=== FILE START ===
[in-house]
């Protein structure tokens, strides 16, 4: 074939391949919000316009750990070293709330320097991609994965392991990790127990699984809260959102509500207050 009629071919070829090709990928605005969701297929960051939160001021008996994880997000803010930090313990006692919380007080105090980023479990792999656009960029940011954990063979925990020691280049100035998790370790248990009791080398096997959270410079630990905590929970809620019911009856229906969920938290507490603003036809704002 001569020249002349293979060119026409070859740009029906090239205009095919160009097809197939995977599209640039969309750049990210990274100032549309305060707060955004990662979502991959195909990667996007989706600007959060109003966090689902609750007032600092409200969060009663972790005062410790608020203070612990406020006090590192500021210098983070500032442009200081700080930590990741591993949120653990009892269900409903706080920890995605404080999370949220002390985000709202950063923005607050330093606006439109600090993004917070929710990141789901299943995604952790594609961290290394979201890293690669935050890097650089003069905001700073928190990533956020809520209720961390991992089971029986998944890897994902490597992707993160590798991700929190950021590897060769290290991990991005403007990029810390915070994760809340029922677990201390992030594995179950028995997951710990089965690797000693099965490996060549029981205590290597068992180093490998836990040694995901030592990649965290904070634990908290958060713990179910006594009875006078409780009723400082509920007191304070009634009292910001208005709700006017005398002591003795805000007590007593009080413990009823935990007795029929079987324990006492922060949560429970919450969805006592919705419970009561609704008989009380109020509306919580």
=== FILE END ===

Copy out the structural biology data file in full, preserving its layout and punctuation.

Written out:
[in-house]
């Protein structure tokens, strides 16, 4: 074939391949919000316009750990070293709330320097991609994965392991990790127990699984809260959102509500207050 009629071919070829090709990928605005969701297929960051939160001021008996994880997000803010930090313990006692919380007080105090980023479990792999656009960029940011954990063979925990020691280049100035998790370790248990009791080398096997959270410079630990905590929970809620019911009856229906969920938290507490603003036809704002 001569020249002349293979060119026409070859740009029906090239205009095919160009097809197939995977599209640039969309750049990210990274100032549309305060707060955004990662979502991959195909990667996007989706600007959060109003966090689902609750007032600092409200969060009663972790005062410790608020203070612990406020006090590192500021210098983070500032442009200081700080930590990741591993949120653990009892269900409903706080920890995605404080999370949220002390985000709202950063923005607050330093606006439109600090993004917070929710990141789901299943995604952790594609961290290394979201890293690669935050890097650089003069905001700073928190990533956020809520209720961390991992089971029986998944890897994902490597992707993160590798991700929190950021590897060769290290991990991005403007990029810390915070994760809340029922677990201390992030594995179950028995997951710990089965690797000693099965490996060549029981205590290597068992180093490998836990040694995901030592990649965290904070634990908290958060713990179910006594009875006078409780009723400082509920007191304070009634009292910001208005709700006017005398002591003795805000007590007593009080413990009823935990007795029929079987324990006492922060949560429970919450969805006592919705419970009561609704008989009380109020509306919580």